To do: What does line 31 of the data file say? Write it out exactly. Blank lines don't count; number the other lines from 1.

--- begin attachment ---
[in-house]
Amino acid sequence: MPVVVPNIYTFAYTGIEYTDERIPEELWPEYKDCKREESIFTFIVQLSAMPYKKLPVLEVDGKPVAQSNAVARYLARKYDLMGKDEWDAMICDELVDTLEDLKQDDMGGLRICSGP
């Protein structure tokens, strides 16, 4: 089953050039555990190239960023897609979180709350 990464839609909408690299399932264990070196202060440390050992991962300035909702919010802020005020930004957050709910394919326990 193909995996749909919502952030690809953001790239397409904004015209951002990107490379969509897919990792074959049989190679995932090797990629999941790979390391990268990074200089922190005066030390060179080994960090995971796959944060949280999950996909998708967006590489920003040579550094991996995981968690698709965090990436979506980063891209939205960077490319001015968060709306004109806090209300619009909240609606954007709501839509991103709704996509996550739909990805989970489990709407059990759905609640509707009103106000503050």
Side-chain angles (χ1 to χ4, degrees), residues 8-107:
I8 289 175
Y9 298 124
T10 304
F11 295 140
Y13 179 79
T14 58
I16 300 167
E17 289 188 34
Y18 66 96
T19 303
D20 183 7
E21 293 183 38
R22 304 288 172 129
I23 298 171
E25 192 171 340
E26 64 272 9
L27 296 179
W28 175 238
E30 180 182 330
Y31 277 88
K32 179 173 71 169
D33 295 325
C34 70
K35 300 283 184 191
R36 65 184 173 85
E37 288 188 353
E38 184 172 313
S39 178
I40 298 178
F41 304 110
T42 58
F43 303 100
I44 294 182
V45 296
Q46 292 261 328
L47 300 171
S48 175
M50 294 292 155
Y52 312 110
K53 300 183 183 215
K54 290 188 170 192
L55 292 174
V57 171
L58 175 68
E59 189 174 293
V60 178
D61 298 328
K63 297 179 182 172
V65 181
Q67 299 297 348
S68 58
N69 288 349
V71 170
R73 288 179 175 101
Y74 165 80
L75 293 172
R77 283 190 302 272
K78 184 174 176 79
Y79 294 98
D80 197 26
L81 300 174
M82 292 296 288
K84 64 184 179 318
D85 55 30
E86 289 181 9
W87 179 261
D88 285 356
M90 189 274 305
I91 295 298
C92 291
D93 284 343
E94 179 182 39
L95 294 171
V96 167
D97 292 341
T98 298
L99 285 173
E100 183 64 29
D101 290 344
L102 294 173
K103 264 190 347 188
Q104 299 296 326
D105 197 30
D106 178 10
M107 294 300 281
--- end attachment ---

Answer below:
E38 184 172 313